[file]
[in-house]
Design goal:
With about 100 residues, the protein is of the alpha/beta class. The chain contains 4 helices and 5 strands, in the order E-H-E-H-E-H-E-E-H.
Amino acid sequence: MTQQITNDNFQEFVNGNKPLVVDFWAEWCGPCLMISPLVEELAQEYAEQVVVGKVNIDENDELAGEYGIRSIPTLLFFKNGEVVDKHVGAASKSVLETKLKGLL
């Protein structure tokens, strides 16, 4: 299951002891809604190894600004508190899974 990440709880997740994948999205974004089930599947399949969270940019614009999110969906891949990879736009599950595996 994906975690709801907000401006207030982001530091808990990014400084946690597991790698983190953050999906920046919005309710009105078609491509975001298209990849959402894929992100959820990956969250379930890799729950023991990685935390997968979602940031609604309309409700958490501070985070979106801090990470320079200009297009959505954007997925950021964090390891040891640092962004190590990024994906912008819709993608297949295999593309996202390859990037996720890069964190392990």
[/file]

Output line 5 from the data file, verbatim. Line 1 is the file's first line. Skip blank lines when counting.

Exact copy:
């Protein structure tokens, strides 16, 4: 299951002891809604190894600004508190899974 990440709880997740994948999205974004089930599947399949969270940019614009999110969906891949990879736009599950595996 994906975690709801907000401006207030982001530091808990990014400084946690597991790698983190953050999906920046919005309710009105078609491509975001298209990849959402894929992100959820990956969250379930890799729950023991990685935390997968979602940031609604309309409700958490501070985070979106801090990470320079200009297009959505954007997925950021964090390891040891640092962004190590990024994906912008819709993608297949295999593309996202390859990037996720890069964190392990």